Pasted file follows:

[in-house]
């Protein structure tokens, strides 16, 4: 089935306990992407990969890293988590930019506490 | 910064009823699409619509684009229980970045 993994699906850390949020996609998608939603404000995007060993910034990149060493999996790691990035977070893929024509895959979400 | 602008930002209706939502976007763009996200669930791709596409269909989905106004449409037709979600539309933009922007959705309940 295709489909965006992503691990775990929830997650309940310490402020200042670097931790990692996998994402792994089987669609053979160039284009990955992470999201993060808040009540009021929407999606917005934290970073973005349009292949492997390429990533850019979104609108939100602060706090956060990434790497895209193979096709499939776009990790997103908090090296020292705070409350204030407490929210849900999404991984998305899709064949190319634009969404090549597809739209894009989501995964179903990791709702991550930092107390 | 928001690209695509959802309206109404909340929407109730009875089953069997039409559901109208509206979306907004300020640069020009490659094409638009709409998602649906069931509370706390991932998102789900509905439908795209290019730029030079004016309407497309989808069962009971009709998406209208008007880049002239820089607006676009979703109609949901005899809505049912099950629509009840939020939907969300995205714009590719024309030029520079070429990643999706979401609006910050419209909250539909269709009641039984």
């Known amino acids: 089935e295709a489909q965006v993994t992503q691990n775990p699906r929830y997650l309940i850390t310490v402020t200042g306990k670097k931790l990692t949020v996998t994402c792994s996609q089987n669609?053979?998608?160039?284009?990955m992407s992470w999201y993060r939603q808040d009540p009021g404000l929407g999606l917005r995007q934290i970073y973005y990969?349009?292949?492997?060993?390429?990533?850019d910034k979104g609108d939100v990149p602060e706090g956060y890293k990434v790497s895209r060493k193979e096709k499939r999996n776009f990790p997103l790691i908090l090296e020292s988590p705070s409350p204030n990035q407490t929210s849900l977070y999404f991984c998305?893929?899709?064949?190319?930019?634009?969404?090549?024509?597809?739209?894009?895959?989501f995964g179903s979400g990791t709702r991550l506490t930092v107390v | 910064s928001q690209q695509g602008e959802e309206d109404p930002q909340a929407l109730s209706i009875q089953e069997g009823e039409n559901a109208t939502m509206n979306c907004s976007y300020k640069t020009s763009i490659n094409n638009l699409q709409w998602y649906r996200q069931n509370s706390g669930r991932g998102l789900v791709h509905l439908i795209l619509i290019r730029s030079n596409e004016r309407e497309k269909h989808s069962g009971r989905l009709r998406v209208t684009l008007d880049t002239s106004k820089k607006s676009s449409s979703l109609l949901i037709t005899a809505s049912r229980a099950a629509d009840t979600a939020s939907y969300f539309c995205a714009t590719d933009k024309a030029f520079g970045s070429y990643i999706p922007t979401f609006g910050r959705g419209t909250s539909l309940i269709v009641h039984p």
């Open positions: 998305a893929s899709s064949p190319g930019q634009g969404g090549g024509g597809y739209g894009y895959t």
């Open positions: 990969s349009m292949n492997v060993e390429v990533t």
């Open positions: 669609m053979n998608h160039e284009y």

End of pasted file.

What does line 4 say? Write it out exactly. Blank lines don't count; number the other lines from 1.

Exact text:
């Open positions: 998305a893929s899709s064949p190319g930019q634009g969404g090549g024509g597809y739209g894009y895959t």